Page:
Facebook is not my cup of tea, but I go there occasionally as I have friends (and I do mean friends, not 'friends') who prefer to communicate that way. I came across an interesting comment from a poet who had read to a student audience at a university, shall we say, somewhere in Britain? It read as follows:
Click here, if you want to read the worst review I have ever received. In fact the whole evening was dreadful: 'As the evening unravelled it quickly transpired that the general standard was poorer than expected - as English students we were disappointed with the intellectual and academic standard of the entertainment.' Cheers guys - we love you too!
Invited to click here, I did so, and read the following: 'After the interval, the quality of the poetry rapidly deteriorated. We first were subjected to the work of (our protesting poet, who shall be nameless). That she was a visual artist was apparent from the very first 'stanza' of her first poem. The ideas were fragmented, ill-informed and lacked coherence, leaving the audience unguided through a range of themes and motifs with no evident subject matter to uphold the work. She revealed that her poetry was a reflection of her subconscious; this was clear, but despite the fact that it all seemed sincere, true and as though spoken from the heart, her use of language was insufficient in communicating any message. In addition, the language was bereft; inadequate in every sense. It was impossible to engage with and provided little pleasure.'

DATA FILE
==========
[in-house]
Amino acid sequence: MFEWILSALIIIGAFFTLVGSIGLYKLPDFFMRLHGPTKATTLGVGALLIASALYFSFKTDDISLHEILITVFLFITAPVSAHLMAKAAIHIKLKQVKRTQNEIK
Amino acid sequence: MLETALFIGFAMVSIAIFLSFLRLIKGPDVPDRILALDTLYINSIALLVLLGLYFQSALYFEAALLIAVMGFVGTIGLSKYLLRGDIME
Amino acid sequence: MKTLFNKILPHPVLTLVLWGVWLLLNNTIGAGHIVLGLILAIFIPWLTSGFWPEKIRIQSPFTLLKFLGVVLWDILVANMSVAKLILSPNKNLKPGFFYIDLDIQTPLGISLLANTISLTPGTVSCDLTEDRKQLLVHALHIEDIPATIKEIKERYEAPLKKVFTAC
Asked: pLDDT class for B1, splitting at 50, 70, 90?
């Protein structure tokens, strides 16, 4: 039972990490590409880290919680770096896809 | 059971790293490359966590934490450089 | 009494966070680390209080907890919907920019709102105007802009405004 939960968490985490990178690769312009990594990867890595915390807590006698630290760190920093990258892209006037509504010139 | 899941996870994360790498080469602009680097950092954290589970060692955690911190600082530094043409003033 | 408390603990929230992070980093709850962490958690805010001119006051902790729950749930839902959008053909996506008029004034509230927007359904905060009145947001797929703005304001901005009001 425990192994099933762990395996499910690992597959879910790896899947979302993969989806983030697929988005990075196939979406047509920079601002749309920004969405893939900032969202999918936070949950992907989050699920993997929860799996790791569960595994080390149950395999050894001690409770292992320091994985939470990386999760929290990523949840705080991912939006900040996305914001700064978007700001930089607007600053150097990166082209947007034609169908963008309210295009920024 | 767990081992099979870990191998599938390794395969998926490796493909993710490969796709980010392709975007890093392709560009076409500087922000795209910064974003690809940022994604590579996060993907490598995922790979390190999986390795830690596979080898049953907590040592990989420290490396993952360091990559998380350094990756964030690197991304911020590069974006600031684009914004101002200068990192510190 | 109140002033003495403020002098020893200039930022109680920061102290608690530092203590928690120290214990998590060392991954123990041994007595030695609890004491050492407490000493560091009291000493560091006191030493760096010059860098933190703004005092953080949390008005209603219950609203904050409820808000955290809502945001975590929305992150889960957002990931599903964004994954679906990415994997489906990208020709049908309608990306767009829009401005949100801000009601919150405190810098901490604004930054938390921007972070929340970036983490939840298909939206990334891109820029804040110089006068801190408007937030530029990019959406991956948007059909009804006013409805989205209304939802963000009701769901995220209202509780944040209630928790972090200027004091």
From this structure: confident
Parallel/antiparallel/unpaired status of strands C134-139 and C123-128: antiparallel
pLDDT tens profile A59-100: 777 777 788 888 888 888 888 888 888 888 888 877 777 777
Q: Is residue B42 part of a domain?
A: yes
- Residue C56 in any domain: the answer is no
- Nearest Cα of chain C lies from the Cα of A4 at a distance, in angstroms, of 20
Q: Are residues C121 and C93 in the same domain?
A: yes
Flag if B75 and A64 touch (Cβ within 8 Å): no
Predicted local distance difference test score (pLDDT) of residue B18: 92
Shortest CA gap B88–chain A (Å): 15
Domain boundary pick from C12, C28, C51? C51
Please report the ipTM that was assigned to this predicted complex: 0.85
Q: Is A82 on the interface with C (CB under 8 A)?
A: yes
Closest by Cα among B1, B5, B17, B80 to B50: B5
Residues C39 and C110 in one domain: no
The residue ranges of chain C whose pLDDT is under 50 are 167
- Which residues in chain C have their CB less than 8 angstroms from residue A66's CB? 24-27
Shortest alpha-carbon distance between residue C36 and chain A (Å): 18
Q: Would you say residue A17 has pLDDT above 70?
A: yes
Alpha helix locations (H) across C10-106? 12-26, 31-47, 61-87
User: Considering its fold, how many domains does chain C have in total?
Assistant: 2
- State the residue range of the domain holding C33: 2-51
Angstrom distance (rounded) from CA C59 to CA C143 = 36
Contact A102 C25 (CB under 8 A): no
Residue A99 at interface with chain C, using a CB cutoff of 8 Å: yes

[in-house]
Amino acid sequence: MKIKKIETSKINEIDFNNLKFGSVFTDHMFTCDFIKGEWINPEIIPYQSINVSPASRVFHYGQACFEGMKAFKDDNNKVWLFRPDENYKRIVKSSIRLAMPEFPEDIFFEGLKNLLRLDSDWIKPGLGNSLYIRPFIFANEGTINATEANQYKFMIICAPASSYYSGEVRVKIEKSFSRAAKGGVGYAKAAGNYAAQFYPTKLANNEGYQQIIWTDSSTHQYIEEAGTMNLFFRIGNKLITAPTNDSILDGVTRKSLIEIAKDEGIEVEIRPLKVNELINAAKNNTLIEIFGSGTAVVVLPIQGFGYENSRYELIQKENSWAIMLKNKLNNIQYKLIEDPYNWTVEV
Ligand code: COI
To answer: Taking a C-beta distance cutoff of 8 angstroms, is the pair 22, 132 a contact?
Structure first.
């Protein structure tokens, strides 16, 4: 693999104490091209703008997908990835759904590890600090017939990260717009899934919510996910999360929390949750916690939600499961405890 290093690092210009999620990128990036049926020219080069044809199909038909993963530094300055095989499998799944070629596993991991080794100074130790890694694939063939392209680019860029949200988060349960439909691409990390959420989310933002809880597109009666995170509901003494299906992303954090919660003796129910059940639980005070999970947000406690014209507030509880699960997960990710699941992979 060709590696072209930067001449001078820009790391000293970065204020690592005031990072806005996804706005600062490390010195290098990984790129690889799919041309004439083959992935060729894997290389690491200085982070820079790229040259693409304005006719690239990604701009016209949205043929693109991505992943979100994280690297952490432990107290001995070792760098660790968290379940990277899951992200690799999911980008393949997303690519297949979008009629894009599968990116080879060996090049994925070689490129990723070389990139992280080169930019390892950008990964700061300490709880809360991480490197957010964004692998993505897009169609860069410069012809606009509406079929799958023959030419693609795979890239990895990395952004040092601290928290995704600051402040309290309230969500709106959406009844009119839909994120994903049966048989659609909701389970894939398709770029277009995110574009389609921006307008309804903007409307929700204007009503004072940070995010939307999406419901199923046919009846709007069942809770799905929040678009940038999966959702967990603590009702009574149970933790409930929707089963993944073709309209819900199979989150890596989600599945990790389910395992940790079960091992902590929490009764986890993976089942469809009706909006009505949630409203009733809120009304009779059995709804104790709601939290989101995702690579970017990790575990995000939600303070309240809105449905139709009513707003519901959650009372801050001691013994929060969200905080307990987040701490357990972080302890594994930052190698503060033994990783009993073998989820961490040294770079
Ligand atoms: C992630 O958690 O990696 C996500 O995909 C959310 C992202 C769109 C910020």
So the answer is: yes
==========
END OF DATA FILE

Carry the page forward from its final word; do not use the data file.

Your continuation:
There were various things about this which interested me. First was the compulsion the poet obviously felt to lay out these criticisms before a wider audience. Had she not done this the comments would have remained within the parish served by the university paper they appeared in. The poet's rather desperate sign off: 'Cheers guy, we love you too!' made it apparent to me that she, at any rate, as a practitioner of poetry, would consider herself to belong to a mutually supportive band of sisters (and brothers) for whom the intrusion of a critical voice would constitute a schism. It is largely true that there is no such thing as criticism of poetry today; there is only the gossip of those who write it, a great deal of private opinionating, and very occasionally a review in a national newspaper or magazine of a recent publication by either a friend of the poet or of the publishing house. We have no critics of stature - people who grasp that there is a tradition in which poetry unfolds, people who have spent their lives thinking about poetry, reading it, coming to possible conclusions about its life in the unpropitious environment of a digitalised world. But the student critic of the poetry performance (a woman) seems to me to have written a perfectly clear exposition of its faults. There was no 'evident subject matter to uphold the work'. 'All seemed sincere' but 'the language was bereft' and 'insufficient in communicating any message'.